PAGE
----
The second problem is that I have no way of knowing if the algorithm that comes up with the result is rigged to adjust the findings to make their proposition look good. Am I being too suspicious? Maybe, but you tend to get that way when you are old. I’ve experienced a con or two, and this process just feels dodgy to me.
So, I didn’t fill out the Budget Assistance Tool. Even if I could have answered all the questions (and I couldn’t), I didn’t want to trust so much information to a commercial website.
Goodness Anne, what a process! I found myself in a situation, as you know, with my husband. I had to find a place for him, although sadly not independent living. I had looked online at what felt like 100’s of places of all sizes in the South Bay area and none of them provided costs for services etc on their web sites. Like you, I was unwilling to provide the information online that their forms required. I had a range of prices I knew I could cover but that was my business, not theirs. I went the ‘clearing house’ (my word choice) route and contacted a service that linked me to facilities within my budget (which I provided the person who was assisting me). I had more suggestions than I could deal with so narrowed things down by geographical distance from the house here. Visiting the ones I had chosen, we would tour and listen to the sales pitch (my word choice) and finally at the end, we would get to the costs and what those costs included. I chose to thank each person who led the ‘tours’ and leave. I wanted to think about the information I had gathered carefully before I ever committed. The last facility we had to tour was such a pleasant surprise. Yes, the tour seemed mandatory (and quite helpful) but costs were also discussed as we toured! It felt as though there were no secrets, no unpleasant surprises. I requested a few minutes alone while still there to consider matters. The ‘tour guide’ provided a room, coffee, and some sort of cookie or whatever and allowed me to think. Bottomline is that I had committed before I even left and I never regretted it. I congratulate you on doing some forward thinking in planning for your future. I discovered that each place we toured had its own personality and some did not match our personalities. That also became quite helpful.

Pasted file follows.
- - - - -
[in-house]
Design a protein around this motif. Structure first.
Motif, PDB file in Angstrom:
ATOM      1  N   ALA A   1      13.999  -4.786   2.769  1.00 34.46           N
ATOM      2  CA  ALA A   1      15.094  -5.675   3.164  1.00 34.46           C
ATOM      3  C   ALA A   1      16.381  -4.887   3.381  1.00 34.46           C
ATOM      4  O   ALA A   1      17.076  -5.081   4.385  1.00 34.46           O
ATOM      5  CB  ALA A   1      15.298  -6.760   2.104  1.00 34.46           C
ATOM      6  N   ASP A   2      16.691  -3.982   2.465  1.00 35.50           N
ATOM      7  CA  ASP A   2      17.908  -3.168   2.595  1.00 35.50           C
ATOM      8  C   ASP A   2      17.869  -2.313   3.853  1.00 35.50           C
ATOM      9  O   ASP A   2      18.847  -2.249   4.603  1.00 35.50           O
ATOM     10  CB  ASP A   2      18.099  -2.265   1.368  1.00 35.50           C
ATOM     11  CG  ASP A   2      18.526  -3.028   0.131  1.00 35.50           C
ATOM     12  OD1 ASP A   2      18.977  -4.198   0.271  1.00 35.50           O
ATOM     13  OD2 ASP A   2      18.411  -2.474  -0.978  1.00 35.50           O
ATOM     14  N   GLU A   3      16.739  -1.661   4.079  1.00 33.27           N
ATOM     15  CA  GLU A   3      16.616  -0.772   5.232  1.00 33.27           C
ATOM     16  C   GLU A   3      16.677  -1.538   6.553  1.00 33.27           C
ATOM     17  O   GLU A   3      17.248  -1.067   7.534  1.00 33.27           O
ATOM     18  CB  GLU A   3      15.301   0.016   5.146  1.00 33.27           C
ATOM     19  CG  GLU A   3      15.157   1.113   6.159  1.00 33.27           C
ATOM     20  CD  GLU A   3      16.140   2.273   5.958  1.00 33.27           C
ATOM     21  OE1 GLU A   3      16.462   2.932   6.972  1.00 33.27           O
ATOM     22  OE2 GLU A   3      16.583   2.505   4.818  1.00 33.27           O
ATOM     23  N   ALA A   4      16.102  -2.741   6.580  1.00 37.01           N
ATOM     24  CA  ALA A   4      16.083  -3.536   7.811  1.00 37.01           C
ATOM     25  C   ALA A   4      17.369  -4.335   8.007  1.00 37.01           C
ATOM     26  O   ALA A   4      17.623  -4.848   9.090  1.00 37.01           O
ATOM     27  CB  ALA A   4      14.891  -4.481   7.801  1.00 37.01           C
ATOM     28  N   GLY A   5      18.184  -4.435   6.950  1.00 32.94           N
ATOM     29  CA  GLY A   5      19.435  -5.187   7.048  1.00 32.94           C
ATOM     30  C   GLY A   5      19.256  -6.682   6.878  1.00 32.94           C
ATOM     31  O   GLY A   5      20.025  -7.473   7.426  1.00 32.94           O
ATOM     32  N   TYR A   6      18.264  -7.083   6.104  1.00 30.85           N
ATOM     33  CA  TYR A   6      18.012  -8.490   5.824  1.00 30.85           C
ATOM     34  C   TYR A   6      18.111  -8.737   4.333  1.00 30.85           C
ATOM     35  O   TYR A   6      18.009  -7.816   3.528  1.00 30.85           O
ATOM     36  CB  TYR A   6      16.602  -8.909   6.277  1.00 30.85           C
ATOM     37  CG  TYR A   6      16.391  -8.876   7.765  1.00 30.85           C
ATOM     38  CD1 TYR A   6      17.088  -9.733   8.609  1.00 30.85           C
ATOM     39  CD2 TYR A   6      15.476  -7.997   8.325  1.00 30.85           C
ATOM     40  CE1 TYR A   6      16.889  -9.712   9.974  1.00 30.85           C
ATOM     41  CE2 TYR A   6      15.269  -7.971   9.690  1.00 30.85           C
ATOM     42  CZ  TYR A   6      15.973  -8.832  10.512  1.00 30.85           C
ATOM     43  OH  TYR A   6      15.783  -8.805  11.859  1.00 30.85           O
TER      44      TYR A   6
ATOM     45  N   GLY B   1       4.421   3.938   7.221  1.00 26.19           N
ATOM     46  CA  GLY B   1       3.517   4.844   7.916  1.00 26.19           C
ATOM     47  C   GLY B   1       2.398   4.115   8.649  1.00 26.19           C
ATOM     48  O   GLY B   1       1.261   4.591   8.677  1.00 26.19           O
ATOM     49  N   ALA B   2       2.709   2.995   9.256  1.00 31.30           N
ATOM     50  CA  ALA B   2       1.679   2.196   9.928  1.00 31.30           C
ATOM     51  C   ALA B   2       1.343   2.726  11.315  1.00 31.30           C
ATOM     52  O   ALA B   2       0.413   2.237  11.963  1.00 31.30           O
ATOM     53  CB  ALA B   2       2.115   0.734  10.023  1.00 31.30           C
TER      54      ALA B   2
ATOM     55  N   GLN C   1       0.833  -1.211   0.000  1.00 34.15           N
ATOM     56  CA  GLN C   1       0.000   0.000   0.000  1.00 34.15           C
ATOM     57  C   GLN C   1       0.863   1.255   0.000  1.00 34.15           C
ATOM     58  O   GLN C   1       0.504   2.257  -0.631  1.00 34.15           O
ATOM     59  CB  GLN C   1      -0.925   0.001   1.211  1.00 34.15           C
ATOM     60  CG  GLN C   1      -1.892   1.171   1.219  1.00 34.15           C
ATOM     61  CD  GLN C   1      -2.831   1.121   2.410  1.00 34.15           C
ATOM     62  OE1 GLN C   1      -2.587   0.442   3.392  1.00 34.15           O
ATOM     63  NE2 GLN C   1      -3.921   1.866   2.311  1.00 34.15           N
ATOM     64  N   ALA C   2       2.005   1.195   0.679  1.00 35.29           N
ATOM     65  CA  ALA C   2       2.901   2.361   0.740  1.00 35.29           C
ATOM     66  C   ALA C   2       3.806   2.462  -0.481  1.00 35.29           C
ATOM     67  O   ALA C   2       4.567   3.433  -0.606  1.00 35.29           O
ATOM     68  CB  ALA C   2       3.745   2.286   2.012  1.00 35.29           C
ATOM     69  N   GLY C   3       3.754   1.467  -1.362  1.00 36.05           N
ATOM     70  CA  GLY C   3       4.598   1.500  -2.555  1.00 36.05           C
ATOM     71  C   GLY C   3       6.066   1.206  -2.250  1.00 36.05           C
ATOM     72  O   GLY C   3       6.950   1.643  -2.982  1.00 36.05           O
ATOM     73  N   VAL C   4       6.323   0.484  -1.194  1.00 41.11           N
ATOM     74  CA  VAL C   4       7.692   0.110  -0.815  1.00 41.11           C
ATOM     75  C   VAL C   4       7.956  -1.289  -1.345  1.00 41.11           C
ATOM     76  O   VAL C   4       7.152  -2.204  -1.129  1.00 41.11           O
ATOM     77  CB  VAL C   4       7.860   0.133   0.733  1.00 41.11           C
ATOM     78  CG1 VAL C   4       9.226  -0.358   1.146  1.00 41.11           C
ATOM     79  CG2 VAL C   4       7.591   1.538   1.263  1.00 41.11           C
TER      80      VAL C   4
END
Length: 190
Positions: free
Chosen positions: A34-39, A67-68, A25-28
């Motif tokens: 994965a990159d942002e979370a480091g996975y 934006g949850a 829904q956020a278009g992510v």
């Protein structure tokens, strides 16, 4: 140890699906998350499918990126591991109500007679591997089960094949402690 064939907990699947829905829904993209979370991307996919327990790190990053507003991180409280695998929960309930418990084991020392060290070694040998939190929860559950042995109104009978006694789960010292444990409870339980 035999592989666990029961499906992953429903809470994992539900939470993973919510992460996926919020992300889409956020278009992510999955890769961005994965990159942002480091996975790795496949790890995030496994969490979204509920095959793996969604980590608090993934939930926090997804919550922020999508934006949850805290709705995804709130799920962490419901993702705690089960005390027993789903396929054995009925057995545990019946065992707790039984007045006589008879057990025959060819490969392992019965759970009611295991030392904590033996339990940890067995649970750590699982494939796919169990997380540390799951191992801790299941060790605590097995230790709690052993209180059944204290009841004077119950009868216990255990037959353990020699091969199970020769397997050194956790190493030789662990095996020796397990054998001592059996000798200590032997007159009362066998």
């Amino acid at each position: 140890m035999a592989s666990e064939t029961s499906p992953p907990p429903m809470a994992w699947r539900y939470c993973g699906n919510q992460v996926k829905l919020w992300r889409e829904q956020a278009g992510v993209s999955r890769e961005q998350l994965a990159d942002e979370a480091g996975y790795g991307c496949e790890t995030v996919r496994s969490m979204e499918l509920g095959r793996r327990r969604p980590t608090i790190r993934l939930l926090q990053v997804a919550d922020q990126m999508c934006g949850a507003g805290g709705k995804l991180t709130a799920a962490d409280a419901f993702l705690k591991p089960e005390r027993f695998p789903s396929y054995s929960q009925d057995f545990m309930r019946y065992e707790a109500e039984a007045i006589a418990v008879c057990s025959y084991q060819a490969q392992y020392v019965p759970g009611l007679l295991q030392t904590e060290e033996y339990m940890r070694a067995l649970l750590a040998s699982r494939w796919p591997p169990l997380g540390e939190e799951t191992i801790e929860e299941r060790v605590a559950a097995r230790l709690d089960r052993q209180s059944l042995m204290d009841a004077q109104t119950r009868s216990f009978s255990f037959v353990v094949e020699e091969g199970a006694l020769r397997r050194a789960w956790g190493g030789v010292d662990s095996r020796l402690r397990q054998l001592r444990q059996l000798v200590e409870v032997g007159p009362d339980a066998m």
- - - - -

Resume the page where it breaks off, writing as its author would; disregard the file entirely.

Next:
That sounds like an arduous, but ultimately successful, process. I like the idea of a ‘clearing house’ agency. I wonder if there is such a thing here.
It’s quite troubling to me that they keep the costs so hidden. I also find it quite patronizing; as though we can’t understand and evaluate for ourselves.
If I can narrow it down to, say five, options then I would be happy to take the tours. Now that I think about it, though, I should probably take someone with me for that. A second set of eyes, and a second enquiring mind, would be a great advantage.
The questions are very intrusive. The price probably fluctuates depending on the application’s financial ability. They want to figure out how much profit they can make off their residents.
Well, that’s my problem with it. I can understand if there are discounts for people who qualify for government subsidies, and I can understand price variations according to services included, but keeping all that hidden borders on deception.